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Very good advise. Long distance advise can be good, but for something like this it is always better to get "eyes on" advise. It may be that the decking was done in such a way that there is no problem.

Regardless, I would probable wait until there was a problem before ripping out and replacing. Unless waiting is going to cause a problem with material that otherwise would not need to be replaced.

That is type of advise an on scene professional can give you.

George
Definitely. I just wanted to get a better idea of what it is I got before letting my initial ideas push me into making a bad decision. I figured this would be a long term project that I have to keep an eye on.


Again, thank you all. You have been so helpful. Cheers!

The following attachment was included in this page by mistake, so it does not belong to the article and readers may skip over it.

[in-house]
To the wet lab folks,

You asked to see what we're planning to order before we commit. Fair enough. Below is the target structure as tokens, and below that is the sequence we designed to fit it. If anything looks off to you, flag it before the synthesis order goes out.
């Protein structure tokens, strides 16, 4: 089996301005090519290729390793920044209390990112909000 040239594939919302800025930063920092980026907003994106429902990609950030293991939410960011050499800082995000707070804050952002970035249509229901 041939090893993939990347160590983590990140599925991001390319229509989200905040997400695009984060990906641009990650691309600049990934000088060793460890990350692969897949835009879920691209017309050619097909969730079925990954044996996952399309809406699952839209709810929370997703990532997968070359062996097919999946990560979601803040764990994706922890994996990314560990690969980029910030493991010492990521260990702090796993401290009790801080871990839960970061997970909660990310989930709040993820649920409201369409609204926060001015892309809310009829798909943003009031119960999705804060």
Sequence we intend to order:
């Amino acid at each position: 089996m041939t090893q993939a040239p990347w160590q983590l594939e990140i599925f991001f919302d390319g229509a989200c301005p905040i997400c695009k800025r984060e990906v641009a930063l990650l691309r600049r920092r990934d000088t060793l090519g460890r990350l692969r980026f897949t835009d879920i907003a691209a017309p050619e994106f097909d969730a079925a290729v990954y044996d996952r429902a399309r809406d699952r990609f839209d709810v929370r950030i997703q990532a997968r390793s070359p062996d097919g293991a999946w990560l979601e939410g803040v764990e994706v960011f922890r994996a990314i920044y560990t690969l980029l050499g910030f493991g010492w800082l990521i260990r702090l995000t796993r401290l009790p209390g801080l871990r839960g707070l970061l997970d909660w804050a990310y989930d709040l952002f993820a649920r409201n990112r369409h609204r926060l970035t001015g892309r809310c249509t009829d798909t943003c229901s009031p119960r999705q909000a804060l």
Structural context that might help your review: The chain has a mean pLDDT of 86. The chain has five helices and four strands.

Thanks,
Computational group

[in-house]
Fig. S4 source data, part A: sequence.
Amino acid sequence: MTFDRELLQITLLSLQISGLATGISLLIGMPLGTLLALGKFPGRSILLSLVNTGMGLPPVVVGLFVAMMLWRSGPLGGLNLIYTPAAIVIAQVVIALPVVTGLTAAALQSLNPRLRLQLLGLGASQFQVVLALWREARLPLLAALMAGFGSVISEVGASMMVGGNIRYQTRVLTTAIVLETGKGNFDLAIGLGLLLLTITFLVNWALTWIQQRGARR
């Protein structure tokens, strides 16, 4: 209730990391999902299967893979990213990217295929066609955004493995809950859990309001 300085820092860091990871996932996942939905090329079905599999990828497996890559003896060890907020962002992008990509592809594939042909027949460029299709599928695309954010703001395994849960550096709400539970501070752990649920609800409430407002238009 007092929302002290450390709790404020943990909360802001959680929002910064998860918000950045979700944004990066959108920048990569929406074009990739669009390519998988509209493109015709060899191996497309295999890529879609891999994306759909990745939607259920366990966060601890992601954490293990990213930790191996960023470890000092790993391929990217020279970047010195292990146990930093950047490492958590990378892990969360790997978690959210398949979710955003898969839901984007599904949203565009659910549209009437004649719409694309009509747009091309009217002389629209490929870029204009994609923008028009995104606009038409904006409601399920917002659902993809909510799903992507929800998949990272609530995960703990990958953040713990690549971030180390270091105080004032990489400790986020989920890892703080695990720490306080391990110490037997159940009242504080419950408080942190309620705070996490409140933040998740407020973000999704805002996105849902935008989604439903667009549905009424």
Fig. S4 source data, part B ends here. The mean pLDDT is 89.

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post #12 of 12 Old 07-12-2016, 05:28 PM
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Quote:
Originally Posted by mikechell View Post
You said, "When looking under the deck I noticed that there is plywood above the beams ..."

What is on top of the flooring, that you didn't know it was plywood until you looked at it from below?

If it's coated with something, (like epoxy garage floor coating, or even linoleum) and you haven't had a problem with water pooling on it, is there a problem?
Also, there are many flat roofs decked with plywood.
It all depends on how the wood is protected (sealed).
A boat can be made of plywood.
I would have a trusted professional evaluate the construction.
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If you don't have time to do it right the first time, when will you have time to do it over?